WITH CHRISTMAS FAST APPROACHING and as 2013 draws to a close, it has got me thinking about my wish list for the technology industry in 2014.
There have been some major events impacting the enterprise IT world this year - the PRISM NSA spying scandal, Twitter floating, Dell going private, Microsoft buying Nokia's devices business to list a few, and going into the new year there are some interesting challenges facing the big players if they want to remain relevant. These are the three that I find the most intriguing and will be paying the closest attention to the outcome.
The main objective for the software giant for 2014 is to select the right chief executive to replace CEO Steve Ballmer, the larger than life character who has led the firm during its steady decline over the past 13 years. When Ballmer announced his plans to retire, the betting was all on Nokia chief and ex-Microsoft executive Stephen Elop to take the reins. Facebook COO Sheryl Sandberg, former Microsoft Windows 8 executive Steve Sinofsky and current VP of devices Julie Larson-Green were also seen as strong contenders.
However, as the search has progressed, a smaller number of firm favourites have emerged. Elop is still in there, along with Kevin Turner, Microsoft COO and former CIO at Wal-Mart, Microsoft's EVP for Cloud and Enterprise Satya Nadella and Tony Bates, the company's EVP responsible for Business Development, Strategy and Evangelism. The only outsider on this rumoured shortlist is Ford CEO Alan Mulally. I can't imagine many in the technology industry are overexcited about any of these potential appointments.
The Microsoft candidates are all solid, safe choices, unlikely to make any bold moves with the firm, especially as they'll have the shadows of Gates and Ballmer hanging over them. And while Ford's Mulally would certainly bring some outside business acumen to the Redmond firm, he's not a tech innovator and at 68 is far removed from the current generations so immersed in technology - and so the creativity would be left to the current Microsoft executives, leaving the CEO to balance the books.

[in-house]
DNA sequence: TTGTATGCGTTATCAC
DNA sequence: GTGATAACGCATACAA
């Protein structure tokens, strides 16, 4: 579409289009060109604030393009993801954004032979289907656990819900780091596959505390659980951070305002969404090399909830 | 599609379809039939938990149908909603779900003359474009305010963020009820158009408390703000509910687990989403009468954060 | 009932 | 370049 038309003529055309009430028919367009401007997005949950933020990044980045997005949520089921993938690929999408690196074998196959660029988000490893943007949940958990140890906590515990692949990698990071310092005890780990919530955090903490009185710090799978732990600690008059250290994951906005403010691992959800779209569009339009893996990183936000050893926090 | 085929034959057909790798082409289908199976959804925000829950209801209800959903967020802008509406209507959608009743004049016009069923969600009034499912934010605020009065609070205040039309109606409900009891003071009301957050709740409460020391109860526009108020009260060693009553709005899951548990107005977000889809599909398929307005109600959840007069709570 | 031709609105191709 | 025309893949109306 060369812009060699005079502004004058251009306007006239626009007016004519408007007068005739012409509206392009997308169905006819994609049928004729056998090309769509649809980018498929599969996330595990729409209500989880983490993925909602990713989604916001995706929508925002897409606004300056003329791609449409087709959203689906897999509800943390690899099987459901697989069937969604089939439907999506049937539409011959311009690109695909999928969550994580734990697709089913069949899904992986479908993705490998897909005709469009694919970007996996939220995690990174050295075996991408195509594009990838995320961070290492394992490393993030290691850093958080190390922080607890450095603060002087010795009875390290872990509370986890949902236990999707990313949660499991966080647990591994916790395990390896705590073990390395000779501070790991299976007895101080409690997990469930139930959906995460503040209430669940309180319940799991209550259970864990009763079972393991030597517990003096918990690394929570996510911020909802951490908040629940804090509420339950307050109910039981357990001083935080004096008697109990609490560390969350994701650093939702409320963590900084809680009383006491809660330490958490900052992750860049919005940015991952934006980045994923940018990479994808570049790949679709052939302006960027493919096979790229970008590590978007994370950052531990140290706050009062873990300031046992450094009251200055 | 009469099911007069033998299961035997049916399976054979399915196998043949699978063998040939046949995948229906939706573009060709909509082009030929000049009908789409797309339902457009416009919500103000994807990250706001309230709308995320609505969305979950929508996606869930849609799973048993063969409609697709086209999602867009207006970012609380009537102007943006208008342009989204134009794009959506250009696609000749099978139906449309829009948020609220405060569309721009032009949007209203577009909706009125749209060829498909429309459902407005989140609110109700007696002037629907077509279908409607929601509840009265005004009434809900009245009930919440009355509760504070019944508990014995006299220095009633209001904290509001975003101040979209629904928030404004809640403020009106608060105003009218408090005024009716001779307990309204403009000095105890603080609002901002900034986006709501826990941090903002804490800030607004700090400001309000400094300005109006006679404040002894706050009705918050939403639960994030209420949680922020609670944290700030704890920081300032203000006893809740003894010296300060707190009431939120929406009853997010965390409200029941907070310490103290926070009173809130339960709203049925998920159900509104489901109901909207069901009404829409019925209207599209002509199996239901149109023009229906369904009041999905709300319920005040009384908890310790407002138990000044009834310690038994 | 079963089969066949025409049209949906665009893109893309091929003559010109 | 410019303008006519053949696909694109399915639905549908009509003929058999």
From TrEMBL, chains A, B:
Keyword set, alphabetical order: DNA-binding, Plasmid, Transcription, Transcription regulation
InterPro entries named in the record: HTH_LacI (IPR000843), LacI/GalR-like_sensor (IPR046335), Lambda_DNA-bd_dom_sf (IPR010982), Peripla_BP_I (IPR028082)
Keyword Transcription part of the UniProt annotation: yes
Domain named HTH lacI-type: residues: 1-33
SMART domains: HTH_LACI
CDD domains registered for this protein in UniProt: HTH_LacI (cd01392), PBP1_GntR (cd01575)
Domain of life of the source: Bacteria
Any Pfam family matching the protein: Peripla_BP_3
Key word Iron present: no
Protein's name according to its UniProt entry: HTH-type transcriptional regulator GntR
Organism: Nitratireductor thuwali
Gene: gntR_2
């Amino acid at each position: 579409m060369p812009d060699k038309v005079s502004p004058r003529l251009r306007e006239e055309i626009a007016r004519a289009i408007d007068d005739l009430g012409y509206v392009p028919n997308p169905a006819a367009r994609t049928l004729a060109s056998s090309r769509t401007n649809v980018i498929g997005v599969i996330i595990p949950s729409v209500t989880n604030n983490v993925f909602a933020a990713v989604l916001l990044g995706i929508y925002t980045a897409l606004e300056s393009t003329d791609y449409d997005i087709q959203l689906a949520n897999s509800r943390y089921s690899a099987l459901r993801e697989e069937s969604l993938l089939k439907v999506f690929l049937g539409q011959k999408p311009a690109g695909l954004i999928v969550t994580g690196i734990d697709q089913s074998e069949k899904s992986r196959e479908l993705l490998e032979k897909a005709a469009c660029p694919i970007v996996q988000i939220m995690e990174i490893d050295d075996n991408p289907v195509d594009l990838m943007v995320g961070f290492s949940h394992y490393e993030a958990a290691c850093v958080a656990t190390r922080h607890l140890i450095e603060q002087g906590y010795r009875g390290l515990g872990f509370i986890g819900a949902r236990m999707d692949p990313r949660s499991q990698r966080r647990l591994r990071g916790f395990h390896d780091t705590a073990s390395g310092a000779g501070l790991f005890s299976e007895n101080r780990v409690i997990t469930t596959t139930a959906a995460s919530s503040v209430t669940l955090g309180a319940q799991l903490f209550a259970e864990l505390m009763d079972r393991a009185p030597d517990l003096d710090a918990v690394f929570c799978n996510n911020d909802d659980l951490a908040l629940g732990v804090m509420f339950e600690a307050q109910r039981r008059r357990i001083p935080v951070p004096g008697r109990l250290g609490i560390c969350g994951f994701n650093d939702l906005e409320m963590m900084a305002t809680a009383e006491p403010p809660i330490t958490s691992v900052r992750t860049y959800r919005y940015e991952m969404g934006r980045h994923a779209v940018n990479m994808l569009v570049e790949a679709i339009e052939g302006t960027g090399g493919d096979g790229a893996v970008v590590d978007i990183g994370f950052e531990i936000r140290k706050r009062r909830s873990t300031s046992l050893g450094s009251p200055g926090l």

I'd rather see Microsoft making a bold move by going back to the Gates era, and bringing in someone with tech credibility. Meg Whitman might be looking for an exit route from HP, and Eric Schmidt is available.
Or look at some of the up and coming tech startups, and take a bet. Microsoft acquired Yammer in 2012, a $1.2bn deal spearheaded by Yammer chief executive and former Paypal COO David Sacks, who's still at the firm and could easily move up the ranks, offering an internal candidate with social expertise and strong tech credibility.
Microsoft's challenge for the future is how it can compete with its far younger rivals like Google and Amazon, which are making inroads in the business market, having already won the consumer battle. Appointing a seasoned CEO like Mulally or a long-term Microsoft man like Elop is not the answer.
Going into 2014, top of my Apple wish list is a brand new product. The Cupertino giant will no doubt have another successful year in terms of profit and revenue. The issue is innovation. Apple has spent 2013 releasing the same products in slightly different versions. The iPad Air is a gorgeous tablet, but it's really just a slightly smaller and lighter version of all the other iPads before it. Same with the iPhone 5S, the Macbook Air 2013, and so on.
Apple is sitting on a huge pile of cash, and needs to release a big bundle of this for R&D next year into brand new products, ideally a budget smartphone. There's plenty of money left in the mobile market across the developing world and China, but Apple will gain none of this with its pricey iPhone 5C and iPhone 5S.
And just a side note - the new headquarters does not equal innovation, and Apple shouldn't get distracted by the development of its new spaceship in Cupertino. This is not innovation that will attract new customers, it's a building.
As one of the oldest IT firms, I'd like to see HP turn around its business in 2014 and find a stable position as an enterprise IT provider. Its recent financial results have shown signs of improvement, with sales from the Enterprise Group rising by two percent year on year for the fourth quarter compared to a nine percent decline in the third quarter. However, the firm is still suffering from its declining PC business, and perhaps 2014 is the year for HP to make a brave decision to cut the rope, rather than continue to let its personal systems group offset any gains made by its enterprise side.
It's unlikely that a behemoth like HP could pull off a management buyout similar to that achieved by Michael Dell, allowing Dell to regroup and refocus its business on the enterprise market behind closed doors. But under Meg Whitman, HP has an assured leader, who clearly isn't afraid to play the role of Scrooge. She just needs to work out how to offload the PC business or extract the most value out of it, while having the least impact on HP's enterprise side. A visit from the Christmas fairy is certainly in order. µ
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